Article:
What helps?  When people who knew the departed person share stories about the person, you feel less alone.  Someone else knew my mother and also feels the void of her absence.  And that story that you share with me about a time my mom did something hilarious or kind...the story of how you first met...the story of what you learned from her...that keeps my mom present.

I've clung to my mom's childhood best friend during the past few weeks.  She helped take care of my mom while my mom was sick and we became very connected during that time.  She drove for hours to be with my mom upon hearing of her stroke.  She pulled Lydia aside and kept her entertained while I wept my way through a hospice meeting.  And she sat with me and shared stories of the ornery antics that she and my mom orchestrated during their teenage years.  She knew my mom long before I did.  And I hang on to every word that she says about my mom because I want to preserve every part of her that remains here on earth.  You have no idea how much I cherish a silly story about knocking the nun's statue off the shelf and carefully balancing the broken pieces atop one another, praying that you wouldn't get caught.  Then watching it wobble precariously every time someone got too close...or knowing it was my mom who drew the mustache on the poster of the annoying roommate in college, even though she would never admit it.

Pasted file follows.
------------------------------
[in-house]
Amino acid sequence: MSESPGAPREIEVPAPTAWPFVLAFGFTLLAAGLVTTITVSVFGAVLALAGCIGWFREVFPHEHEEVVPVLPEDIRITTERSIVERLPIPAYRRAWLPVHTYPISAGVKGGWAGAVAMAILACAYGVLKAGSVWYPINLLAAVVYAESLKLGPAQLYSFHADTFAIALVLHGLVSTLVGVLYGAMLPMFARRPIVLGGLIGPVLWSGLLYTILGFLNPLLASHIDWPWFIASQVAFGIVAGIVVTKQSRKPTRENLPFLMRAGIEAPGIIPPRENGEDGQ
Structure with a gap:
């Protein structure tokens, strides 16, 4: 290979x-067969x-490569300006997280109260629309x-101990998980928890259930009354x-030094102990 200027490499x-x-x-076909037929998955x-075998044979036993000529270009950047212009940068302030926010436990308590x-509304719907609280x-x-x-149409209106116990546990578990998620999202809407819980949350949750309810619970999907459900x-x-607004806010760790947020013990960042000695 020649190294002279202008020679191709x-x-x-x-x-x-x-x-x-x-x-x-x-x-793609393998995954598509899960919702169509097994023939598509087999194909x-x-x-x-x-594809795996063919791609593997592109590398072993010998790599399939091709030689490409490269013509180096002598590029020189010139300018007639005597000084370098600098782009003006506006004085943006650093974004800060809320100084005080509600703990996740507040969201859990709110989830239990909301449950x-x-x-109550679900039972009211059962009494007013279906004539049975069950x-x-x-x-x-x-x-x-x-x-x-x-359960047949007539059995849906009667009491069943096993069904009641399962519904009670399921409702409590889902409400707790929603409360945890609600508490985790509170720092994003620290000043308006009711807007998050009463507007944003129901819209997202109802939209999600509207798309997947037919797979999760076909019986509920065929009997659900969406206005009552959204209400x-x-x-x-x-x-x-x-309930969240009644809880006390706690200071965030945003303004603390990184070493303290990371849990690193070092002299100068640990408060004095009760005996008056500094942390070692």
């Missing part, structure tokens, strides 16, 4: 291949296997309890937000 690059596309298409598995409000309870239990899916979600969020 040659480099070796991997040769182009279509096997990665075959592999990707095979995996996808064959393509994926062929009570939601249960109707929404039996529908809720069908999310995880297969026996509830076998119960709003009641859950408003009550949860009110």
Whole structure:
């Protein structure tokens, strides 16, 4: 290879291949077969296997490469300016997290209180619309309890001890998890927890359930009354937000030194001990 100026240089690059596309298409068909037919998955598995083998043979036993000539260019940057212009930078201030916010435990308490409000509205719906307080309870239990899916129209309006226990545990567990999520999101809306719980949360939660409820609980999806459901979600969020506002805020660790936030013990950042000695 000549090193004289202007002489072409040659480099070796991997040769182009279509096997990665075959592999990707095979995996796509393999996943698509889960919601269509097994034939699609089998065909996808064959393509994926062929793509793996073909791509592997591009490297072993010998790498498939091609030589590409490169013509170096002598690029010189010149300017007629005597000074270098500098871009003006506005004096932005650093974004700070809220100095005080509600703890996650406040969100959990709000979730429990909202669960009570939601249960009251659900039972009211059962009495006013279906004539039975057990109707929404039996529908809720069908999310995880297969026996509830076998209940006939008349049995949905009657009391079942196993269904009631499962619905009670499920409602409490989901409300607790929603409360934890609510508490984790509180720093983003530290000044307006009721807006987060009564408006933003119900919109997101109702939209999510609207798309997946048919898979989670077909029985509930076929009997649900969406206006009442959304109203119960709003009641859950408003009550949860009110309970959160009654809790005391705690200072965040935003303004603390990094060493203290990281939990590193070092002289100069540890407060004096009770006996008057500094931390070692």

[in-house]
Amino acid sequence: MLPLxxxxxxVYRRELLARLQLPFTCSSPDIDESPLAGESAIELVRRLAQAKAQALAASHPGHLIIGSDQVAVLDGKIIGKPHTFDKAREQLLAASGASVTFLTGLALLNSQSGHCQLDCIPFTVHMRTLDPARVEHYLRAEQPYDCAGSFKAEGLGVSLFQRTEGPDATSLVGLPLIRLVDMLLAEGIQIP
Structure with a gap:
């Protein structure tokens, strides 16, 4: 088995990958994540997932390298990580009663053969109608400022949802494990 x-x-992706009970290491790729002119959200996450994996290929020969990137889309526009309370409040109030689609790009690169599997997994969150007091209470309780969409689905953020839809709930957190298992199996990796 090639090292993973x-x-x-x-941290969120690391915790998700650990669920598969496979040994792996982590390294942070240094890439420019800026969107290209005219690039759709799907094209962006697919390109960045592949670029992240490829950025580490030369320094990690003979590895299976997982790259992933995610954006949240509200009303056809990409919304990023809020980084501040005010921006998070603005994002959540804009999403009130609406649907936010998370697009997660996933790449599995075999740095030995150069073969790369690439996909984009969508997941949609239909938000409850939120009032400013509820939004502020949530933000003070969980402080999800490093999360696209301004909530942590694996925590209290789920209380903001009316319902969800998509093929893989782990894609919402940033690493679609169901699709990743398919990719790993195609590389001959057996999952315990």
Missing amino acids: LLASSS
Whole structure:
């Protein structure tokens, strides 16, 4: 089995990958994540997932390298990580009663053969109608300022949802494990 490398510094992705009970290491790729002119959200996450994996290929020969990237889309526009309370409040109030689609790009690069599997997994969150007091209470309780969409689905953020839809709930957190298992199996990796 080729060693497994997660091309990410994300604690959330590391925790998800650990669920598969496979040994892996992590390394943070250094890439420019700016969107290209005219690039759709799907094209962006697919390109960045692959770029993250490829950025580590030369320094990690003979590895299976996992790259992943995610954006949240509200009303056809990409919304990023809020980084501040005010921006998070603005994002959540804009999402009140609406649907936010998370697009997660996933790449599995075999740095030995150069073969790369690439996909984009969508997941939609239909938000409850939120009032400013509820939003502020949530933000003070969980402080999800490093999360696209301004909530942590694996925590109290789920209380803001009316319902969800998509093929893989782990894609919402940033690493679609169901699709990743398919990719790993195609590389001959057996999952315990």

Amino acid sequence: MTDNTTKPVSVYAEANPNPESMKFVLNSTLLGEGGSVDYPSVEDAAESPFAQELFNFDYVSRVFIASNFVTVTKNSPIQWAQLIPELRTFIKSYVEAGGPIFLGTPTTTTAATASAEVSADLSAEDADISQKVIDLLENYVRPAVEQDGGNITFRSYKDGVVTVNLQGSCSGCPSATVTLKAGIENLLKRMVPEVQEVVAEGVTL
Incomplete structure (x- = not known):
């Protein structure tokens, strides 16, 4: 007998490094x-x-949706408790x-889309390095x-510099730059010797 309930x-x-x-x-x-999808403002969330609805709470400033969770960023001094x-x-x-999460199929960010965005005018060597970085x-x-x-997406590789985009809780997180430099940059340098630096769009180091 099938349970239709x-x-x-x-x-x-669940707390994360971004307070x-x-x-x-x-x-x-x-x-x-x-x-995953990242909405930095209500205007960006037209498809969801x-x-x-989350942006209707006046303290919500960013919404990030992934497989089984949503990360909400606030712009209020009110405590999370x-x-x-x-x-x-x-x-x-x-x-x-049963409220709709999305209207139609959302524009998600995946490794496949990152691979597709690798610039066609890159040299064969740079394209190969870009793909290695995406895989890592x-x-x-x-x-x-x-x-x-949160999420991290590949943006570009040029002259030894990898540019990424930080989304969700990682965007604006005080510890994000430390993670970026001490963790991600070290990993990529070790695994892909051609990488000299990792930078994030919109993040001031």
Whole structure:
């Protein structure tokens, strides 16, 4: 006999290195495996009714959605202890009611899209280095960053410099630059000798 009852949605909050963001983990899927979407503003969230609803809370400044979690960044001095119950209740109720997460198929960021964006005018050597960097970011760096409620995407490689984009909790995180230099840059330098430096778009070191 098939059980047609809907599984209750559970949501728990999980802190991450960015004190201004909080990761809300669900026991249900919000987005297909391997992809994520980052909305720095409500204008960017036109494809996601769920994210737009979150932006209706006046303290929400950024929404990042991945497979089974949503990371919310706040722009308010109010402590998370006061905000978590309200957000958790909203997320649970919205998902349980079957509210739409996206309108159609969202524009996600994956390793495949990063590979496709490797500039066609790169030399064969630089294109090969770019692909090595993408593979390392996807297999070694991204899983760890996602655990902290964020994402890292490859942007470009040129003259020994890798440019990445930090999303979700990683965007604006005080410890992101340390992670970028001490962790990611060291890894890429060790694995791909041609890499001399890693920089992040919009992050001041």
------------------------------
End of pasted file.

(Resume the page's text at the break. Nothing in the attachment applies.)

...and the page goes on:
During my mom's funeral, another dear friend delivered the most incredible eulogy where he shared his stories of his friendship with my mom over the years.  They were teachers together and he started with the first day that my mom walked into the teachers' lounge and said something like, "Well, I have a student who is on all fours, barking like a dog, refusing to get up.  If this is an indication of how this school year is going to go, I'm in trouble."  I've asked him to send me the rest of the eulogy because it was authentic, hilarious, beautiful, and perfect and I want to have it forever.